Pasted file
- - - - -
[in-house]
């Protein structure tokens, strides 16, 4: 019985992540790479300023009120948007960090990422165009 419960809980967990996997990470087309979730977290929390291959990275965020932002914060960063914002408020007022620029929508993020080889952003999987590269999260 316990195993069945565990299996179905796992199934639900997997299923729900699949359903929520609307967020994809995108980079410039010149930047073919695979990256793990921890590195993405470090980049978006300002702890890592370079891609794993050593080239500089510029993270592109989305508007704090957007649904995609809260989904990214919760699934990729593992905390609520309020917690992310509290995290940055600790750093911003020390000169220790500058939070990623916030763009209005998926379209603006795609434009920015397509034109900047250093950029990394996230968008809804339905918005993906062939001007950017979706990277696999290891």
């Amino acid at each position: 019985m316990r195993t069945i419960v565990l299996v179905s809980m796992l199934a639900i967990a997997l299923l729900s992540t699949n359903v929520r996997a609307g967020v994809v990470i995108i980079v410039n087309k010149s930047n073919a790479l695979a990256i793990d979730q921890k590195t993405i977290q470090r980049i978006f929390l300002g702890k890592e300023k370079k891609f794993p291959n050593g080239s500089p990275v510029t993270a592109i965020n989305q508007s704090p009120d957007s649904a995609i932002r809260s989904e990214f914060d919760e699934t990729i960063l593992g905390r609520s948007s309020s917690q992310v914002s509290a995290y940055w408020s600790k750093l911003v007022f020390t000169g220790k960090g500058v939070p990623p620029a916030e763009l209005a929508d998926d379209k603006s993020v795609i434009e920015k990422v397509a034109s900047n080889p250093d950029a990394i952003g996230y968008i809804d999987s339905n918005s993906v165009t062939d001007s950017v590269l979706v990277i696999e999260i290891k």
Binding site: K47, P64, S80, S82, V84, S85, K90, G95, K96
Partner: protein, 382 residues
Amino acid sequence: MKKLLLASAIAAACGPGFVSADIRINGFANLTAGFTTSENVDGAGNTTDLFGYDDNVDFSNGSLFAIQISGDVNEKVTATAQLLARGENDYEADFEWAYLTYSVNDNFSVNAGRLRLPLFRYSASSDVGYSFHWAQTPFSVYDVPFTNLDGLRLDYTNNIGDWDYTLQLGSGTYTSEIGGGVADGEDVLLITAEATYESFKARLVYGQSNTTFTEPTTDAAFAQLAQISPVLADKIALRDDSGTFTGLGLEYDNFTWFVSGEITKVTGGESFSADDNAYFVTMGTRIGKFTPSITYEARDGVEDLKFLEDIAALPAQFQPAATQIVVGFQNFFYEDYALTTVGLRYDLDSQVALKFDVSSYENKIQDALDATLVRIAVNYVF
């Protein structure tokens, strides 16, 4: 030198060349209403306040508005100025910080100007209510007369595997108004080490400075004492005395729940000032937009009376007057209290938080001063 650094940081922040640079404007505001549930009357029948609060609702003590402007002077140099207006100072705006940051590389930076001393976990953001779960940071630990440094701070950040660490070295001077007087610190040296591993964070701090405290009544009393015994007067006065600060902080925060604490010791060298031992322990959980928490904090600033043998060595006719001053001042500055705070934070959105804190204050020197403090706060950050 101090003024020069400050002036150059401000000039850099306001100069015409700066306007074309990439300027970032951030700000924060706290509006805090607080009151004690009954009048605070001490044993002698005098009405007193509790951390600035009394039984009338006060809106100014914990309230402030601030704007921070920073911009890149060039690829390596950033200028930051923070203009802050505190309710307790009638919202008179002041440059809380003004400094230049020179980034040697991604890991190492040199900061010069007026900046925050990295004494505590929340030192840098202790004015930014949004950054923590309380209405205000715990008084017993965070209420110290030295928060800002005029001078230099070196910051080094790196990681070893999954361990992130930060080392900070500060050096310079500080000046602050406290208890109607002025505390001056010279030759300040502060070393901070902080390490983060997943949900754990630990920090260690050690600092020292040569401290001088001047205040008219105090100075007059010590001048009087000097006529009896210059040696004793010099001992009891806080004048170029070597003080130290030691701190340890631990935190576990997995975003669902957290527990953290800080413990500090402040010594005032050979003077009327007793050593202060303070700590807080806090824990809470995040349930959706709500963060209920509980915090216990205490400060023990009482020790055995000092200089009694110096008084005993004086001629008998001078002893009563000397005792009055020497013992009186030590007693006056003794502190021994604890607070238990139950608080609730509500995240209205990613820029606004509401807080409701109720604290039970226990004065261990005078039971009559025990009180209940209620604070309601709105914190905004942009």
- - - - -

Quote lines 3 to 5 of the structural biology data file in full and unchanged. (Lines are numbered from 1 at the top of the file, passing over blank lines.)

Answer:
């Amino acid at each position: 019985m316990r195993t069945i419960v565990l299996v179905s809980m796992l199934a639900i967990a997997l299923l729900s992540t699949n359903v929520r996997a609307g967020v994809v990470i995108i980079v410039n087309k010149s930047n073919a790479l695979a990256i793990d979730q921890k590195t993405i977290q470090r980049i978006f929390l300002g702890k890592e300023k370079k891609f794993p291959n050593g080239s500089p990275v510029t993270a592109i965020n989305q508007s704090p009120d957007s649904a995609i932002r809260s989904e990214f914060d919760e699934t990729i960063l593992g905390r609520s948007s309020s917690q992310v914002s509290a995290y940055w408020s600790k750093l911003v007022f020390t000169g220790k960090g500058v939070p990623p620029a916030e763009l209005a929508d998926d379209k603006s993020v795609i434009e920015k990422v397509a034109s900047n080889p250093d950029a990394i952003g996230y968008i809804d999987s339905n918005s993906v165009t062939d001007s950017v590269l979706v990277i696999e999260i290891k």
Binding site: K47, P64, S80, S82, V84, S85, K90, G95, K96
Partner: protein, 382 residues